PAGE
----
The American Watchmakers-Clockmakers Institute (AWCI) is the professional organization for watch and clock makers in the USA. Every year, the AWCI holds a national convention with classes and lectures focused on horological education. At the 1990 convention George Daniels delivered a fascinating lecture to the Institute, which was recorded but unfortunately relegated to storage shortly thereafter. Luckily for all of us today, the VHS tape was recently rediscovered and digitized. Daniels lectured on the development of his watches and escapement, touching on the difficulties he encountered while trying to commercialize his invention. The lecture is accompanied by animations of escapements, shown to demonstrate the improvements that the Daniels co-axial introduced. Hearing Daniels explain his motivations and challenges is absolutely fascinating, and well worth an hour of your time to watch.
I first started making watches in 1967 because I was incensed by the hysterical adulations of the quartz watch by people who didn’t really understand its failings.
Daniels was introduced by Henry B. Fried, past president of the Horological Society of New York, past president of the New York State Watchmakers Association, and vice-president of the Horological Institute of America (a precursor to theAmerican Watchmakers-Clockmakers Institute.) Daniels explained that he had learned a good deal from Fried’s books, and was delivering the lecture in Fried’s honor. Interesting to note: Daniels described Fried as the Dean of American Horology, which the New York Times also used to describe Fried in his obituary. The AWCI also recently digitized and uploaded an interview with Fried from 1992, which is definitely worth watching as well.
Daniels starts his lecture by listing qualities he believes are present in watches. “A watch has historic, intellectual, technical, aesthetic, useful and amusing qualities.” It is a common phrase that Daniels was known to use when talking or writing about his work and watches in general. As the lecture progresses, he touches on each quality, demonstrating his mastery of the subject. Daniels also explains his first motivation to make his own watches: “I first started making watches in 1967 because I was incensed by the hysterical adulations of the quartz watch by people who didn’t really understand its failings.“
Detent escapement animation
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I made these films which you are going to see by making cardboard cutouts and painting black lines around the edges and then moving them a frame at a time on lock shots, much as animated cartoons are made.“
A watch has historic, intellectual, technical, aesthetic, useful and amusing qualities.
The subject of the hairspring (also known as the balance spring) is briefly touched upon, and Daniels reveals that he used hairsprings from Hamilton (the famous American watch manufacture that was based in Lancaster, Pennsylvania). “I tried making my own springs but I wasn’t very successful and wasn’t getting the correct hysteresis into the metal. Its a very very complex business to make balance springs, so I was very pleased in the end to get some good springs from Hamilton.“
It is well-known that Daniels encountered many difficulties in trying to commercialize his co-axial escapement, before Omega finally signed on in 1999. Daniels demonstrated his escapement to various Swiss manufactures, including Omega, Rolex, Patek Philippe and Zenith, but was rejected because at first because he was showing it running in a pocket watch that he made. (Pocket watches were not in style.) So he incorporated the escapement into a wristwatch, but was again rejected because thin wristwatches were in style at the time. Finally, he made changes to the co-axial to substantially reduce its required height, and incorporated it into a thin wristwatch. Again, he was rejected, this time only with the explanation “we can’t do it.” He touches on these difficulties, and explains his wishes for the Swiss industry at the time. “It would be rather nice if it provoked them to do something, to think of some other way of going about their affairs and not just staying in business making watches for money and to hell with the development of it.“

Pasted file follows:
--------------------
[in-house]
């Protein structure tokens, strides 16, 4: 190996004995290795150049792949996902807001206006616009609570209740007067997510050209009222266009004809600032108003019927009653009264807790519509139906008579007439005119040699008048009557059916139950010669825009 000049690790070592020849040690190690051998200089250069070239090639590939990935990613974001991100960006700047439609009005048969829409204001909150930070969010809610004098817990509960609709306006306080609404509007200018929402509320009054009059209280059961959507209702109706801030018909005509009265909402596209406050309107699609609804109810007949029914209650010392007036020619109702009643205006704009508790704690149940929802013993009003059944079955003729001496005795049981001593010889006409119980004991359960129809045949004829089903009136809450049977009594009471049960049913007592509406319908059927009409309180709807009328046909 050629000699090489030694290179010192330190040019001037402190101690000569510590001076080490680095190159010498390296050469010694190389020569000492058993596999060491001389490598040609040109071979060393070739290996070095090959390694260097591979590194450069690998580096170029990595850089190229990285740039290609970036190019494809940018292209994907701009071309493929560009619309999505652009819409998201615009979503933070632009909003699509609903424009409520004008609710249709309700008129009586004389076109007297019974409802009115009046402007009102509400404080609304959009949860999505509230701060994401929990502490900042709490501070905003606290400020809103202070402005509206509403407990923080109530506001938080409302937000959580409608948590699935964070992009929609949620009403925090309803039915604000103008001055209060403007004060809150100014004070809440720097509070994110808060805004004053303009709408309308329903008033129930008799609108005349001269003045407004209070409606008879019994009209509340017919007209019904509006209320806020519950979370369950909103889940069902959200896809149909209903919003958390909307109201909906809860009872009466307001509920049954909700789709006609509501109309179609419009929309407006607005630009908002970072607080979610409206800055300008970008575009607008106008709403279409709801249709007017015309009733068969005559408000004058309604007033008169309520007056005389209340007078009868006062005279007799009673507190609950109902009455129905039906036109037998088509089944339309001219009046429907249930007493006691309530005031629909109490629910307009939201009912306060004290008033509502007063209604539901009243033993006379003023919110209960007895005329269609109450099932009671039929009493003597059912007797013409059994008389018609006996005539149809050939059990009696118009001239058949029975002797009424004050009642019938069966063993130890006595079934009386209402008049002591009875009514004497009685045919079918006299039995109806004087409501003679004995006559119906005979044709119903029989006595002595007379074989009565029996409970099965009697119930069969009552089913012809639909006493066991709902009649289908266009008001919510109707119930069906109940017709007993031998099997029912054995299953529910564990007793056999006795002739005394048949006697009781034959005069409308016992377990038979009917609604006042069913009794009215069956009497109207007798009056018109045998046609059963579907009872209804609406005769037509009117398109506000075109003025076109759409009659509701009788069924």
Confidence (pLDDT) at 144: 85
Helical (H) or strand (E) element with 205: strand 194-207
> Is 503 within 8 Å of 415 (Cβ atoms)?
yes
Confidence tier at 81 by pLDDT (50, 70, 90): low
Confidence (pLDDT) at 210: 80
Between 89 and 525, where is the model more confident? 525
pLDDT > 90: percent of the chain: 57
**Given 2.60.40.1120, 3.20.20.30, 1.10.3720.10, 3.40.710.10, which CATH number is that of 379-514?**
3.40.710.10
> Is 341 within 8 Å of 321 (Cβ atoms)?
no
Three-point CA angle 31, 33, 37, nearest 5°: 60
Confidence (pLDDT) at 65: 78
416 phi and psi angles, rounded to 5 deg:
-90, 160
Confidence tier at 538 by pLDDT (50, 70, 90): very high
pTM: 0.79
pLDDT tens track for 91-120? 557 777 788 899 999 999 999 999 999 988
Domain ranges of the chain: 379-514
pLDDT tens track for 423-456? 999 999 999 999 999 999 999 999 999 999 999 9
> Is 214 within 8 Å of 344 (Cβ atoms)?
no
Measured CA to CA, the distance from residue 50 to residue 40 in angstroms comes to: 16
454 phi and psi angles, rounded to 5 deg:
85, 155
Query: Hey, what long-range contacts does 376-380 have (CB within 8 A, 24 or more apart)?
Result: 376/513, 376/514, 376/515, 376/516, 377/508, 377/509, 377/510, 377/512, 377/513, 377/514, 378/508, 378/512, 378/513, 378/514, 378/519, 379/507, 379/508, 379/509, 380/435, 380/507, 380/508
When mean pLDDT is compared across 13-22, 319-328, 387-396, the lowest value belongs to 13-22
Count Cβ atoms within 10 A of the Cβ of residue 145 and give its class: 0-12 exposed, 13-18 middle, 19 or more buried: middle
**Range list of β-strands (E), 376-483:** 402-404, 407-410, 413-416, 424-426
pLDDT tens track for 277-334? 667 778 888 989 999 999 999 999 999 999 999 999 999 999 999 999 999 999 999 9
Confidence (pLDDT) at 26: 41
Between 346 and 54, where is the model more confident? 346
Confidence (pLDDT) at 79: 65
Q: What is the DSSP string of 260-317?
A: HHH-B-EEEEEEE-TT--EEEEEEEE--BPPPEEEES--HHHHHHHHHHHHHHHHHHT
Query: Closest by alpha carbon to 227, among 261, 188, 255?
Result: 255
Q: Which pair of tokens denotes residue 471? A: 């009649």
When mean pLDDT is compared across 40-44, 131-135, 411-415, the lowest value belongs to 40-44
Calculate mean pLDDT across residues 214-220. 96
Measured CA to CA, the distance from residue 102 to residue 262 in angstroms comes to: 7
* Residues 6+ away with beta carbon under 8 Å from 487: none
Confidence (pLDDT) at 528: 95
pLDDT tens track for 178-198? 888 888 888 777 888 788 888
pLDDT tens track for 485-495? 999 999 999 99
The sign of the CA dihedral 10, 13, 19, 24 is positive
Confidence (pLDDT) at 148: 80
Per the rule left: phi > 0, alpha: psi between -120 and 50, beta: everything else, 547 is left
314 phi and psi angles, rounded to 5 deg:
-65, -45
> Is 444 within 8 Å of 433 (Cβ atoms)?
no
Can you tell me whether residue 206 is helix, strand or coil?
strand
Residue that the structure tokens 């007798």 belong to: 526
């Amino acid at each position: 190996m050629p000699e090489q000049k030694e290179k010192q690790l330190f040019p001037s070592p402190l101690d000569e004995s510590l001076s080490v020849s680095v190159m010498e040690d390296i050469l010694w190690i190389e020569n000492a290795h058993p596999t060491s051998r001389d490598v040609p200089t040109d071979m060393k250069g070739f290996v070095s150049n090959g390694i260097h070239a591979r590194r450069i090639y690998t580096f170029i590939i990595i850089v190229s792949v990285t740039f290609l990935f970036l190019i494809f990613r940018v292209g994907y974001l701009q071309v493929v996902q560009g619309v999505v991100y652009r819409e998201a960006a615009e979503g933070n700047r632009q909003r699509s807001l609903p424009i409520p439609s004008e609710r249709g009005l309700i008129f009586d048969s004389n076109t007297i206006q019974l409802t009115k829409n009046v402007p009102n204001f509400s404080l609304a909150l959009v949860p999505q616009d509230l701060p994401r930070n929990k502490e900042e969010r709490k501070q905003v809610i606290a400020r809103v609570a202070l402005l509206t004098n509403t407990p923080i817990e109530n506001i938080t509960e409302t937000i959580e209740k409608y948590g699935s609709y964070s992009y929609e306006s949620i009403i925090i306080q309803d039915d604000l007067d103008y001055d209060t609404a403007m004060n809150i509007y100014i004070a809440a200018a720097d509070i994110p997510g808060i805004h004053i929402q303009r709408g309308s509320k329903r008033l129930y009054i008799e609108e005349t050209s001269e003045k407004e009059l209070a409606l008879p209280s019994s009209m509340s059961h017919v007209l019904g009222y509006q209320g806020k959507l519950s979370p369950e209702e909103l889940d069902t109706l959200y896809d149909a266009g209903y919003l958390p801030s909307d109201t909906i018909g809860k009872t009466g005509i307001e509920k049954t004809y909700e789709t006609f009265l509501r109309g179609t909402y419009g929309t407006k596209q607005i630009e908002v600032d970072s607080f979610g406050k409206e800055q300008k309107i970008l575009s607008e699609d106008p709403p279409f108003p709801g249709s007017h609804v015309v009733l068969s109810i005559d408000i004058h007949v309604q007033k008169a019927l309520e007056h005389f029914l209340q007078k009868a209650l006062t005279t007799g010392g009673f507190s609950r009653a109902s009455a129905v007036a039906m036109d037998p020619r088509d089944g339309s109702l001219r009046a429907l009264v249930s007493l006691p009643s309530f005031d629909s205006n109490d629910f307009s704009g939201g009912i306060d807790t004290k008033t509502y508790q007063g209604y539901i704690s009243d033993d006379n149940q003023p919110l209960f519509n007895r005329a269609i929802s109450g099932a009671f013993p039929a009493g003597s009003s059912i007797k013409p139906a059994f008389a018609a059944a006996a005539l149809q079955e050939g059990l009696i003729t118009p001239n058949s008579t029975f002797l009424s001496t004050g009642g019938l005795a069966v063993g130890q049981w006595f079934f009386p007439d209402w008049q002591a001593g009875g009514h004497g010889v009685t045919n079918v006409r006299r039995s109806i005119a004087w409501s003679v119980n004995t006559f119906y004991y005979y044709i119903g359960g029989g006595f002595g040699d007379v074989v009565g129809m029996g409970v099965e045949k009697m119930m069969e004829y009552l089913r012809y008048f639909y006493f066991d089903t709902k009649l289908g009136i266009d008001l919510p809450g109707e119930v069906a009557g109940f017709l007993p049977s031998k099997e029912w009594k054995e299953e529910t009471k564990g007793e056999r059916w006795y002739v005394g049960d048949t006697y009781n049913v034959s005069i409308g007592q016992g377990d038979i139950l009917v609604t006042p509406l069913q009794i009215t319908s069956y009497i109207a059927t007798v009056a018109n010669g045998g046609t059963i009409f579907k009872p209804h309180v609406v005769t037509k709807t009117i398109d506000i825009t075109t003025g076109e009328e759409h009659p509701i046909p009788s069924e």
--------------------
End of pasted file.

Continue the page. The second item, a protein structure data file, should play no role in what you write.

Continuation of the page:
Daniels concludes with an explanation of his complicated watches, including the famous Space Traveller watch. “When the Americans landed on the Moon, I was so impressed, so I thought what we ought to have is a watch to commemorate the landing on the Moon, a space traveler’s watch.” Daniels also explains his intentions for the Space Traveller watch by saying “I really wanted the Americans to take this to the Moon the next time.”
I spoke with Jordan Ficklin, Executive Director of the AWCI, to learn more about this video. Many years ago AWCI was quite prolific in producing videos that could be used around the country by our affiliate chapters. They were regularly mailed from our library to chapters to be viewed at their meetings. When we transitioned to DVDs many of the old VHS tapes going back to the 80s and 90s were placed in a cabinet in the library never to be seen again. Recently someone requested to buy one of these videos and upon locating it we decided it would be best to make them freely available to the public. There are more than 50 different titles on VHS hiding in cabinets and probably many more in other formats including some old slide and 8mm presentations. Over the next few months we will be digitizing and releasing those of historical significance. Ficklin also explained that included in the list of VHS tapes to be digitized is a lecture by Philippe Dufour from 1990.
Keep an eye on the AWCI’s YouTube channel for more of these amazing lectures!